October 24, 2021

Global diversity, equity & inclusion (DE&I) awareness is at an all-time high, largely due to the social justice movements of 2020.

According to the newly released 2021 Excellence in Risk Management Report from Marsh and RIMS, almost a third of risk professionals think that their DE&I progress has improved significantly over the last five years.

Martin South, president, U.S. and Canada Division, Marsh, said: “As society continues to grapple with inequities highlighted by the ongoing Covid-19 pandemic and other recent events, creating a diverse, equitable, and inclusive corporate culture is critical.

“Now, more than ever, effective risk management requires organisations to embrace diverse opinions. Advancing DE&I is not just the right thing to do – it’s imperative to businesses’ viability and growth.”

However, having a DE&I programme isn’t enough: forty-five percent of those surveyed said that while their company has an established DE&I programme, little progress has been made. Meanwhile more than half of respondents said that DE&I is not a priority within their organisation.

All of which suggests a ‘checkbox approach’ to DE&I efforts indicating that there’s still much more to be done if companies and organisations are ever to achieve their DE&I goals.

So how can companies deliver on their DE&I priorities? After all, we all know that having a diverse and inclusive workplace is not only the right thing to do morally, but is also good for business. Here are some steps to consider.

Lead from the top
Impactful DE&I strategies start with the CEO taking a positive stance. For a shining example, look to PwC’s U.S. chairman, Tim Ryan, who co-founded CEO Action for Diversity and Inclusion after police shootings in America throughout the summer of 2016 to spur business executives to collective action on DE&I. In 2020 PwC published its workforce diversity data which revealed that women and people of colour are underrepresented indicating that even the most dedicated of companies still have plenty of DE&I work to do.

If you’re reading this and part of your organisation’s upper management, don’t forget to keep asking your CEO questions regarding the progress your company is making on DE&I goals and hold the leaders accountable for driving DE&I outcomes.

Reach out to experts
Bringing DE&I speakers to discuss a wide range of topics from race relations to gender equity and disability equality can be an effective DE&I strategy for your organisation. Recognised DE&I speakers and experts such as Torin Ellis and Gary Elden can help your company tackle any unconscious biases and gain exposure to diverse perspectives.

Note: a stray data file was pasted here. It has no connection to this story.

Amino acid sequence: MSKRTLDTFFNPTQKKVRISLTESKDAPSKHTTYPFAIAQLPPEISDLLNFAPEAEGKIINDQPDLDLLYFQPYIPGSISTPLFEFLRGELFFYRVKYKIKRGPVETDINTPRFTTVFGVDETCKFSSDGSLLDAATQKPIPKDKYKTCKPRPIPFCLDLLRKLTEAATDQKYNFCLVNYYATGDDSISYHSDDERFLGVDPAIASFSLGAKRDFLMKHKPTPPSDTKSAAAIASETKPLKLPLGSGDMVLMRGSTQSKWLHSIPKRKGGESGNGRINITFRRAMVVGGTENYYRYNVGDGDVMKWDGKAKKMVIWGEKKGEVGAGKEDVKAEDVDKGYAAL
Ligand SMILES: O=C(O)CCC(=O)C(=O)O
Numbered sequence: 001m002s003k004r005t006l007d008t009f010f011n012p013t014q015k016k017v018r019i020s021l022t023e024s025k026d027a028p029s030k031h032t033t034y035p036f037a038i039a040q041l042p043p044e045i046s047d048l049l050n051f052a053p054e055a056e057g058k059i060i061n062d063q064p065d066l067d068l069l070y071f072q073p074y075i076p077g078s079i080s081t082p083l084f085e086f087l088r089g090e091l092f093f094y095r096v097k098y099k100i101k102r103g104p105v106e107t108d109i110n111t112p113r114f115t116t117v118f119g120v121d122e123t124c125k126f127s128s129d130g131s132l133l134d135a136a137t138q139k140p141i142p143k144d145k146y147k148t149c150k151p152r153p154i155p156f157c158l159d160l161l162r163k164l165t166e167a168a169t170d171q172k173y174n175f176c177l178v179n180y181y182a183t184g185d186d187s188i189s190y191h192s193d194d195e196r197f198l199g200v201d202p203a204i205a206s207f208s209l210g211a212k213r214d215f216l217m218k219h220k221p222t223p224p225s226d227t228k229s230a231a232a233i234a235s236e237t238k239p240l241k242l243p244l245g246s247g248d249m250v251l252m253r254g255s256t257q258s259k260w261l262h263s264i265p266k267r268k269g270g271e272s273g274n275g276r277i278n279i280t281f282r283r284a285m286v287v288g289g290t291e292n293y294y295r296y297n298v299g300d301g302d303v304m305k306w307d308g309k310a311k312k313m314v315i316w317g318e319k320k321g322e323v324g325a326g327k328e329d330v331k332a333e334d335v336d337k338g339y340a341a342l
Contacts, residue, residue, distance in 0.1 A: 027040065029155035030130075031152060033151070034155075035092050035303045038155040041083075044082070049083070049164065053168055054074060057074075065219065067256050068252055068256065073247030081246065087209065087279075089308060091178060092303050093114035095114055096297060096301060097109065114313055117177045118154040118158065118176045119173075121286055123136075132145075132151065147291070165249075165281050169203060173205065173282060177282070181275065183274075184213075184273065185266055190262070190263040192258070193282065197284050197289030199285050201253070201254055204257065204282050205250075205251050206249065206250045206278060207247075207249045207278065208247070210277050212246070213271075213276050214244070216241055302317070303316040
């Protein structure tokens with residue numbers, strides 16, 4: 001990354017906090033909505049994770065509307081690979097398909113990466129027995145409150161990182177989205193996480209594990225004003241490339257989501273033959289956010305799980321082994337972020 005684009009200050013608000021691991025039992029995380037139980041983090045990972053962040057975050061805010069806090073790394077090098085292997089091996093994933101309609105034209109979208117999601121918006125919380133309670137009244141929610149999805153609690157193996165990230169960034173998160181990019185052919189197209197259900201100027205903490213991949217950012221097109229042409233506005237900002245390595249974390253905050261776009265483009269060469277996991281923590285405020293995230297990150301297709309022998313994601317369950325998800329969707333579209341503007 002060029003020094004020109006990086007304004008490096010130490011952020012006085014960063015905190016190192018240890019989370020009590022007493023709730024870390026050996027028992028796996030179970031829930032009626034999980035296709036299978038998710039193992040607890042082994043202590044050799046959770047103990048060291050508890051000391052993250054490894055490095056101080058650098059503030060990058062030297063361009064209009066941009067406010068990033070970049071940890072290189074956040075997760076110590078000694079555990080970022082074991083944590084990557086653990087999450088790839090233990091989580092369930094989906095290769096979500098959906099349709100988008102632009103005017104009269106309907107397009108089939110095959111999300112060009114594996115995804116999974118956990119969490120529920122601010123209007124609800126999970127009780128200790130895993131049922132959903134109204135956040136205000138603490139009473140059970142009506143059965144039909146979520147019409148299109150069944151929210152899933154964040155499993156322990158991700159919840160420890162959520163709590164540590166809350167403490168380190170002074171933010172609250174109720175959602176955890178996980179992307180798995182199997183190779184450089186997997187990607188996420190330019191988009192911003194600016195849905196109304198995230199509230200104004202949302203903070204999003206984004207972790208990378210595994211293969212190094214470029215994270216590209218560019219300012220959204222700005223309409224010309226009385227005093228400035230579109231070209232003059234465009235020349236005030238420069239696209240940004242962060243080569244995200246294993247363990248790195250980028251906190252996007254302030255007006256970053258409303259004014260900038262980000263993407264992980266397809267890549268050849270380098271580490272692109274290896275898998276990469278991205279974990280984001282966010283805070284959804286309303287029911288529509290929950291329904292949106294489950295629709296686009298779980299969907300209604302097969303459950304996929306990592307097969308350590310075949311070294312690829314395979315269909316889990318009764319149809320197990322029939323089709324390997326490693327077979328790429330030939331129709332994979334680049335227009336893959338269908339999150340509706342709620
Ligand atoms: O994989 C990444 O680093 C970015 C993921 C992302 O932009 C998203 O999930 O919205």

Organise a DE&I event
Another way to raise awareness of DE&I is to arrange an event. Case in point? Google teamed up with The Female Quotient in 2018 for coaching and panel discussions while Adobe used this year’s Black History Month to highlight Black employees who live and breathe innovation in everything they do. Meanwhile, Microsoft hosts DigiGirlz Day, an annual event giving school girls the opportunity to learn about careers in technology, connect with Microsoft employees, and participate in hands-on computer and technology workshops.

Measure the impact of DE&I initiatives
“What gets measured gets done.” Check how your DE&I efforts are faring through employee feedback via a survey and by releasing annual diversity reports detailing your workforce composition.

And you don’t need to be a data scientist to get started. In the words of Victor Assad, CEO of Victor Assad Strategic HR Consulting: “Just start. The data is just sitting there. Most companies just need to look at it. You don’t need advanced technology or the skills of Bill Gates. All you need to do is start—collect the data and use a simple spreadsheet. The rest will follow."

Focus on recruitment
Promoting diversity in the workplace starts at the very beginning – by pledging to make your Job Ads unbiased and inclusive. In doing so you’ll ensure every qualified candidate feels welcome to apply for your roles – and consequently will reap the rewards of a more diverse and inclusive workplace.

The problem? Crafting a well-written, highly-optimised Job Ad, with bias reduced, that will inform, educate, enlighten and inspire suitable candidates to hit 'apply’ is harder than you think.

Chances are that your business, like almost every other, just doesn't have the required internal capability and experience to write a Job Ad with DE&I in mind.

And why should you? HR and TA folk aren't copywriters, content editors, DE&I specialists, and Job Ad optimisers. That's our job and our automated SaaS technologies role.

If you’re struggling to make the change, talk to us. It takes an intentional focus to unbiased those recruitment processes and we can help.

Daniel Fellows